With the flow
Innovative laboratory procedure for testing hydraulic fluids
During flight operations, various components are hydraulically activated, such as landing gear, stabilizer, elevators, rudder and brakes. In large airliners, several hydraulic systems are in operation. Each has its own supply of hydraulic fluid and generates the necessary pressure with the help of pumps powered either by the engines or electrically. The fluid is subject to routine inspections every 24 months. For the inspection, a sample is taken from each of the redundant systems of the aircraft and tested for potential impurities in the laboratory. Particular attention is paid to abrasion in the form of miniscule particles which can cause a blockage of the systems to be activated.
When the upper limits for the number of particles, as defined by the aircraft manufacturer, are exceeded, the hydraulic fluid for the system in question must be replaced. This operation takes several hours and is very costly. Since 2014, Lufthansa Technik's aircraft maintenance technicians have identified an increasing number of particles in hydraulic fluid. At the end of 2015, almost every customer aircraft from the Airbus A320 series had at least one system in which the upper limit was exceeded. Replacing the hydraulic fluid initially resolved the problem, but the cause was not identified. Lufthansa Technik's Laboratory Services division in Frankfurt, in collaboration with Frankfurt System Engineering and Innovation Management therefore launched an InnoBoost project to look at this issue in April 2016.
The aim of the project was to classify the particles in the hydraulic fluid, in order to gain an understanding of the causes of the increased particle levels. Based on these findings, methods and maintenance approaches could then be derived with the aim of reducing the need for replacing hydraulic fluids. At the same time, the sampling and measurement procedures were analyzed to determine potential for optimization. Mobile devices from various manufacturers were tested and compared with the laboratory-based measurement process. A special Hydraulic Fluid Sample Kit which avoids contamination of the samples has been in use since 2011. In the end, the test results provided decisive indications of the cause of the significantly higher particle numbers.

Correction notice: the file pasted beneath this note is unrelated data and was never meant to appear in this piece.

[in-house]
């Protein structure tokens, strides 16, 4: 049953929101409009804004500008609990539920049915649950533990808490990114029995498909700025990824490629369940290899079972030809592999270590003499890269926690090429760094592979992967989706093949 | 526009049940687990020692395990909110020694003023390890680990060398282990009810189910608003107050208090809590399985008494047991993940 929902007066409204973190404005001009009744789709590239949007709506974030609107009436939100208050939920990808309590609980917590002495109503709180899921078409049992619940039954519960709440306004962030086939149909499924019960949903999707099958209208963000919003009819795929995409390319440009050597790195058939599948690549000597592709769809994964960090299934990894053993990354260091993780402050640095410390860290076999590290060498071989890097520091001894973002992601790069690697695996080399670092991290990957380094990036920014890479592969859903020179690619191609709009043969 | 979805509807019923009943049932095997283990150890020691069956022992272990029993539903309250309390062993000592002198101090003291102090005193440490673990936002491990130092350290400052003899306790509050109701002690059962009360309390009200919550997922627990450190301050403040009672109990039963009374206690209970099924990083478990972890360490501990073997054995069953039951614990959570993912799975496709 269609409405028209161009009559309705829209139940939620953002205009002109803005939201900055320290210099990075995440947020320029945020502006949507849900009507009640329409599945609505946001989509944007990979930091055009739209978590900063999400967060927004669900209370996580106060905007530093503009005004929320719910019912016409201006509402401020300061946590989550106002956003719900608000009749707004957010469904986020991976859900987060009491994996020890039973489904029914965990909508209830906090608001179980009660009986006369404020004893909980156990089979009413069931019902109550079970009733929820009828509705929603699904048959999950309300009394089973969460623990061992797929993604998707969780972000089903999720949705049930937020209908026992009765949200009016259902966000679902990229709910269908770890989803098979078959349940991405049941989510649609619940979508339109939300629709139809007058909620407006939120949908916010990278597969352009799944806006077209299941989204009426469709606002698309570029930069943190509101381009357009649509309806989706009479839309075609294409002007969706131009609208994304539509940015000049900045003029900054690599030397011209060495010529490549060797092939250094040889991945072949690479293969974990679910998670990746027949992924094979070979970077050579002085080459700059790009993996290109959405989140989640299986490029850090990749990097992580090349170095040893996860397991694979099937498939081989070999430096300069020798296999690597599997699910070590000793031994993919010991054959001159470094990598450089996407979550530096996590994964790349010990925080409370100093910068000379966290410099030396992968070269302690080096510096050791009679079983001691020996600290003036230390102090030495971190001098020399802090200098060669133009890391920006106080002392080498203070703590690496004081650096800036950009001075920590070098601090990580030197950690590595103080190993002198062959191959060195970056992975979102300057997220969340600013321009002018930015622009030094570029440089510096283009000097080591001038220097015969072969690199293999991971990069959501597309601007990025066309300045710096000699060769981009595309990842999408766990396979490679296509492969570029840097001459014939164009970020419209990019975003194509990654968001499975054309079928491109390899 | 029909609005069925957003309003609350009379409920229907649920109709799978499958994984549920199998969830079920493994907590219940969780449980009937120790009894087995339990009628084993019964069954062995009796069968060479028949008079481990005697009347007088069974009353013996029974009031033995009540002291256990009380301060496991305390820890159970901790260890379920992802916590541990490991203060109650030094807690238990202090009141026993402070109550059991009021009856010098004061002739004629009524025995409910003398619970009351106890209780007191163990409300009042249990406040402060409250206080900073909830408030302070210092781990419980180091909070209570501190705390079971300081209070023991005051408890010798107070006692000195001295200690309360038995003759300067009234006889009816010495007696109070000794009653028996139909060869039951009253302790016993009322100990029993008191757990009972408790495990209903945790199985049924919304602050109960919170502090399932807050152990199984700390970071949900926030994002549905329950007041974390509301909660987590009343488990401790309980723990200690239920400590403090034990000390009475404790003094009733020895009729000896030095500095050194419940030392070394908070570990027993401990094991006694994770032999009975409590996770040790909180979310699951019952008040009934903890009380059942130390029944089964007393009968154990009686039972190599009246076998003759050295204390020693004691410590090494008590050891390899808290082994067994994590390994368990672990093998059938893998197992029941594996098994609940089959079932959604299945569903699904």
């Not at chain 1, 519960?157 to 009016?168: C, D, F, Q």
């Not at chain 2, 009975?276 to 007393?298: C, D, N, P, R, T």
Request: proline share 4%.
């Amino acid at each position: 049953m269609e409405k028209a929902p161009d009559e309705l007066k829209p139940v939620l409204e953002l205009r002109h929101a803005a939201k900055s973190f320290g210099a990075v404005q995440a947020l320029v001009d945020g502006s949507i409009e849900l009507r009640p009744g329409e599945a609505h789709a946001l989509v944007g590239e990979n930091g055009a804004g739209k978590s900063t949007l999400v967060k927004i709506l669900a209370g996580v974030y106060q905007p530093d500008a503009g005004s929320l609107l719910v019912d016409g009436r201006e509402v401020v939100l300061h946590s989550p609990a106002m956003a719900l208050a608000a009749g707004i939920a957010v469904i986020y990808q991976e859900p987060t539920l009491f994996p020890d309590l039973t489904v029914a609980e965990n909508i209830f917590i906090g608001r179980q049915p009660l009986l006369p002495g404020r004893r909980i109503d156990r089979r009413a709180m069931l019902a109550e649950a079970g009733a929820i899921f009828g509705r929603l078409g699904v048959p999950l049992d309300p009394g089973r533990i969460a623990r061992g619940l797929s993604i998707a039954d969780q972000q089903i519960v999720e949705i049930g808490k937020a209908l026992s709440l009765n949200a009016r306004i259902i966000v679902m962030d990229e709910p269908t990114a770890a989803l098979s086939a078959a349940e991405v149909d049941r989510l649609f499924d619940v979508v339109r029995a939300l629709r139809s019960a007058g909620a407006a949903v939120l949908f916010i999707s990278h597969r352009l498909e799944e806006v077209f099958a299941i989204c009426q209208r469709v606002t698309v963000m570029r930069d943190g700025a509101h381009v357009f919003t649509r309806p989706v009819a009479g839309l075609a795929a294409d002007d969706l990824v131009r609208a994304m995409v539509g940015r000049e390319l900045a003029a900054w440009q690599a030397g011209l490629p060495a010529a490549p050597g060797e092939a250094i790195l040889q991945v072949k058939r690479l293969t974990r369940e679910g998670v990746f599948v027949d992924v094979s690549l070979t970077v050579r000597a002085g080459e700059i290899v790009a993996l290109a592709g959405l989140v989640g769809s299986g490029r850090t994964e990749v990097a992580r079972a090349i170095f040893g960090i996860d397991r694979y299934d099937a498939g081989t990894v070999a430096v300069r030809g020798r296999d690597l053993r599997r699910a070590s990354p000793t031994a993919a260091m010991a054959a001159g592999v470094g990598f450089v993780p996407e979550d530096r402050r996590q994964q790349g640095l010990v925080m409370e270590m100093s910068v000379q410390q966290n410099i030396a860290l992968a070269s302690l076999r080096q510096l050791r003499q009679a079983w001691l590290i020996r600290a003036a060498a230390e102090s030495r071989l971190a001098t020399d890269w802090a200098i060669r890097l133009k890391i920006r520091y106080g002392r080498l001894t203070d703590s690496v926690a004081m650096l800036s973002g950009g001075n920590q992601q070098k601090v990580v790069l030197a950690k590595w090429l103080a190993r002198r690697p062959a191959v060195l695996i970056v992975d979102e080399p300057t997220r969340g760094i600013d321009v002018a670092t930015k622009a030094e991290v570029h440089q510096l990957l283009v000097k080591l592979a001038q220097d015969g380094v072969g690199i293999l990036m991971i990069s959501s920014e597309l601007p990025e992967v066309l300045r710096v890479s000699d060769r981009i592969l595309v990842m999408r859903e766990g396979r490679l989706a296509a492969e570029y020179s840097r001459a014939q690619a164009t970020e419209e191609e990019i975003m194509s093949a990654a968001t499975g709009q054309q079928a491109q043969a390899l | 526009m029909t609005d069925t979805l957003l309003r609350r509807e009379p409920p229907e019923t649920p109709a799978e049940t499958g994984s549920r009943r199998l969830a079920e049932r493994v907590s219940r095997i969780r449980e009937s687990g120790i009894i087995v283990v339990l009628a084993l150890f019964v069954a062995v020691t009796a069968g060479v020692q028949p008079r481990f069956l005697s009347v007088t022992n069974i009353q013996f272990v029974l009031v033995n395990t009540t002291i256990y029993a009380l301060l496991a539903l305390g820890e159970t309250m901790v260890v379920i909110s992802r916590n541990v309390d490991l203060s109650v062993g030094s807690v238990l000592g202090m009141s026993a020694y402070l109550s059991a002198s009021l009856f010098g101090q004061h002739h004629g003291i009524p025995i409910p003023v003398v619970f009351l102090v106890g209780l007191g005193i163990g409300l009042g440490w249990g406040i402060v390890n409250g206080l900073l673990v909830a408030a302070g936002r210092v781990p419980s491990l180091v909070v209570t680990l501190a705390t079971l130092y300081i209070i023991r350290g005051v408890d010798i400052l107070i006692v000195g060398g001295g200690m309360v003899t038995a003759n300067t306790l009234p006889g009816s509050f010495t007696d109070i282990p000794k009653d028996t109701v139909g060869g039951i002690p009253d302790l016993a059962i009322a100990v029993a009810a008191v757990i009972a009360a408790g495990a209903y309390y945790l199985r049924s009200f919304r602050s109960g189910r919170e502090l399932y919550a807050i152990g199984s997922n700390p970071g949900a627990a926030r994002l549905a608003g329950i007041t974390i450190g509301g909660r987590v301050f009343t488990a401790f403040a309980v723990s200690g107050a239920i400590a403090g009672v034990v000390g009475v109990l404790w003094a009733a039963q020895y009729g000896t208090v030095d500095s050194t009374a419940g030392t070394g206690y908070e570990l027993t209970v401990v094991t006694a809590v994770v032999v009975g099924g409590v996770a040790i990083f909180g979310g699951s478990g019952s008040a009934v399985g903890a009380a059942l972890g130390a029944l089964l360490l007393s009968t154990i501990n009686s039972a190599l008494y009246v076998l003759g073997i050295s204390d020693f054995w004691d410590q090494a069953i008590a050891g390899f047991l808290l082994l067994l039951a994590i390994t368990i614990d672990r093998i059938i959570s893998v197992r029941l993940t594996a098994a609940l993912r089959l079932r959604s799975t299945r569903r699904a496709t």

By combining various analytical procedures, Lufthansa Technik managed to characterize the finely distributed microparticles. For the most part, these are so-called "soft particles", introduced to the hydraulic system, for example, when mounting grease is used, which disrupt the automatic particle counting process. Thanks to the combined know-how of System Engineering and Materials Technology, the measurement process was modified. The "soft particles", completely harmless from an engineering point of view, are masked in such a way that they are no longer registered in the counting process and therefore do not influence the measurement result. The use of the modified process, which complies with prescribed norms and regulations, resulted in a significant reduction in the number of measurements that exceeded limits.
The precise source of the soft microparticles has not yet been identified. The large number of loadson the hydraulic system, such as hydraulic motors and hydraulic cyclinders, as well as the various workshops and suppliers involved, makes the search more difficult. Alternatively, clarification is needed as to whether lubricants are to be prohibited from hydraulic systems or an appropriate upper limit for such contamination in hydraulic fluid needs to be established. This is a question for the aircraft manufacturers.